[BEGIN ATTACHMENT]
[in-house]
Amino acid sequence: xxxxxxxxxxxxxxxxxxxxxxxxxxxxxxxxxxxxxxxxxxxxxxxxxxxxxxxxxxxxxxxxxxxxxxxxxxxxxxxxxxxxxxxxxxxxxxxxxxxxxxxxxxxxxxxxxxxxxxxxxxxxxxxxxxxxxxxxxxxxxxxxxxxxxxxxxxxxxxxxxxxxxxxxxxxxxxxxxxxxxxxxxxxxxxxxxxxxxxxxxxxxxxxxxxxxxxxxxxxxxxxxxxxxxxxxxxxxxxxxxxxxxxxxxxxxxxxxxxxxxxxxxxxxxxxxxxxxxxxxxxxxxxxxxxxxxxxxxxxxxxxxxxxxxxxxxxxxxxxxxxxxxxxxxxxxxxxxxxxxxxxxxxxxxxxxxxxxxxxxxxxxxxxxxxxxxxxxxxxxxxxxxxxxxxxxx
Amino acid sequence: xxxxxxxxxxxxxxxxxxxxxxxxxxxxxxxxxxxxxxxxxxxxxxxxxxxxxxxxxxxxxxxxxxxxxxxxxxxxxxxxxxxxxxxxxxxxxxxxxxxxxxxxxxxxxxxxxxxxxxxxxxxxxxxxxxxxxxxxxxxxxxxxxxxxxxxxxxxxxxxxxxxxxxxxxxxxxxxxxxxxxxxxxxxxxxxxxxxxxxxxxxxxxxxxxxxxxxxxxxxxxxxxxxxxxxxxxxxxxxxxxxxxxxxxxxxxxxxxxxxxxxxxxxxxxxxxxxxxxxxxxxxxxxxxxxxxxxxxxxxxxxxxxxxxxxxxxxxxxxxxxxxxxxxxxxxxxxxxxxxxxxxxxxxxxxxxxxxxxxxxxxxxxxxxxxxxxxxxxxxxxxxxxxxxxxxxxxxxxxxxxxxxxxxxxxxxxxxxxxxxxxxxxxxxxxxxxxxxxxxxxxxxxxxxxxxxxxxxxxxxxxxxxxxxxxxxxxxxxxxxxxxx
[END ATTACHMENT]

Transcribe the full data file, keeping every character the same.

[in-house]
Amino acid sequence: xxxxxxxxxxxxxxxxxxxxxxxxxxxxxxxxxxxxxxxxxxxxxxxxxxxxxxxxxxxxxxxxxxxxxxxxxxxxxxxxxxxxxxxxxxxxxxxxxxxxxxxxxxxxxxxxxxxxxxxxxxxxxxxxxxxxxxxxxxxxxxxxxxxxxxxxxxxxxxxxxxxxxxxxxxxxxxxxxxxxxxxxxxxxxxxxxxxxxxxxxxxxxxxxxxxxxxxxxxxxxxxxxxxxxxxxxxxxxxxxxxxxxxxxxxxxxxxxxxxxxxxxxxxxxxxxxxxxxxxxxxxxxxxxxxxxxxxxxxxxxxxxxxxxxxxxxxxxxxxxxxxxxxxxxxxxxxxxxxxxxxxxxxxxxxxxxxxxxxxxxxxxxxxxxxxxxxxxxxxxxxxxxxxxxxxxx
Amino acid sequence: xxxxxxxxxxxxxxxxxxxxxxxxxxxxxxxxxxxxxxxxxxxxxxxxxxxxxxxxxxxxxxxxxxxxxxxxxxxxxxxxxxxxxxxxxxxxxxxxxxxxxxxxxxxxxxxxxxxxxxxxxxxxxxxxxxxxxxxxxxxxxxxxxxxxxxxxxxxxxxxxxxxxxxxxxxxxxxxxxxxxxxxxxxxxxxxxxxxxxxxxxxxxxxxxxxxxxxxxxxxxxxxxxxxxxxxxxxxxxxxxxxxxxxxxxxxxxxxxxxxxxxxxxxxxxxxxxxxxxxxxxxxxxxxxxxxxxxxxxxxxxxxxxxxxxxxxxxxxxxxxxxxxxxxxxxxxxxxxxxxxxxxxxxxxxxxxxxxxxxxxxxxxxxxxxxxxxxxxxxxxxxxxxxxxxxxxxxxxxxxxxxxxxxxxxxxxxxxxxxxxxxxxxxxxxxxxxxxxxxxxxxxxxxxxxxxxxxxxxxxxxxxxxxxxxxxxxxxxxxxxxxxx